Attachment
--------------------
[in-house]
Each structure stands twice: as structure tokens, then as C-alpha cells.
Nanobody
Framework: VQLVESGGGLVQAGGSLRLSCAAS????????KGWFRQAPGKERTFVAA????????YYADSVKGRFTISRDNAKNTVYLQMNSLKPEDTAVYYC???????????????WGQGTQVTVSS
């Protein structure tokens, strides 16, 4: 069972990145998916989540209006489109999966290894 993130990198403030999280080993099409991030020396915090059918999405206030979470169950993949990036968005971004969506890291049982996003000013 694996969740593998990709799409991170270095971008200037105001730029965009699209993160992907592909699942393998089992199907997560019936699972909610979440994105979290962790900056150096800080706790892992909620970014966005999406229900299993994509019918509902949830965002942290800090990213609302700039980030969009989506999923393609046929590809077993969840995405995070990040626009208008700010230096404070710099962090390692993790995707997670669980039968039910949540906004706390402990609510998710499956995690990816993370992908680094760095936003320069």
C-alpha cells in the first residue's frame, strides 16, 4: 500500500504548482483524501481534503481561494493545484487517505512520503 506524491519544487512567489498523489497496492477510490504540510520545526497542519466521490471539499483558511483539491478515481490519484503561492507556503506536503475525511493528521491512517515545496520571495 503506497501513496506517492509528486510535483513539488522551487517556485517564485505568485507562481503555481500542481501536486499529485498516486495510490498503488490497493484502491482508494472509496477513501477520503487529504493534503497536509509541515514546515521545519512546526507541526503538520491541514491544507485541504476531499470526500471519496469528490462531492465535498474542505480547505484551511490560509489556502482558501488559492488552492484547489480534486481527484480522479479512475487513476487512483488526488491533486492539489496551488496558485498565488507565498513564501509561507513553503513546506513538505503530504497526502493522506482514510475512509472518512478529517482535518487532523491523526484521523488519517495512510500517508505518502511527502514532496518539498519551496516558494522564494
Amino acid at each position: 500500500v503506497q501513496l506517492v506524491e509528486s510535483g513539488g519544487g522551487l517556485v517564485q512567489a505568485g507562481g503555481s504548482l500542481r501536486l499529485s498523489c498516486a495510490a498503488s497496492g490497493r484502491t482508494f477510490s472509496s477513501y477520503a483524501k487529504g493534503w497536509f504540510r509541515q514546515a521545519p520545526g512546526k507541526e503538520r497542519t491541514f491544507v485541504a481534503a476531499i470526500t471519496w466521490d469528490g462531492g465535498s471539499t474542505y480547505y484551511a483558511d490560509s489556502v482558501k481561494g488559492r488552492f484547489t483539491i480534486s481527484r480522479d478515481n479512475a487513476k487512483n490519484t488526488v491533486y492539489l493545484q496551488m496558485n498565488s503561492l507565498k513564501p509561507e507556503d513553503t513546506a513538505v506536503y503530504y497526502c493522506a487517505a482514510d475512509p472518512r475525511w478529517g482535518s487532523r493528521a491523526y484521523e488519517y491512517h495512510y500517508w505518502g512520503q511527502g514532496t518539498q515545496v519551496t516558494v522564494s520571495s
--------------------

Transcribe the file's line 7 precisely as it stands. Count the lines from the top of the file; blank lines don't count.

Amino acid at each position: 500500500v503506497q501513496l506517492v506524491e509528486s510535483g513539488g519544487g522551487l517556485v517564485q512567489a505568485g507562481g503555481s504548482l500542481r501536486l499529485s498523489c498516486a495510490a498503488s497496492g490497493r484502491t482508494f477510490s472509496s477513501y477520503a483524501k487529504g493534503w497536509f504540510r509541515q514546515a521545519p520545526g512546526k507541526e503538520r497542519t491541514f491544507v485541504a481534503a476531499i470526500t471519496w466521490d469528490g462531492g465535498s471539499t474542505y480547505y484551511a483558511d490560509s489556502v482558501k481561494g488559492r488552492f484547489t483539491i480534486s481527484r480522479d478515481n479512475a487513476k487512483n490519484t488526488v491533486y492539489l493545484q496551488m496558485n498565488s503561492l507565498k513564501p509561507e507556503d513553503t513546506a513538505v506536503y503530504y497526502c493522506a487517505a482514510d475512509p472518512r475525511w478529517g482535518s487532523r493528521a491523526y484521523e488519517y491512517h495512510y500517508w505518502g512520503q511527502g514532496t518539498q515545496v519551496t516558494v522564494s520571495s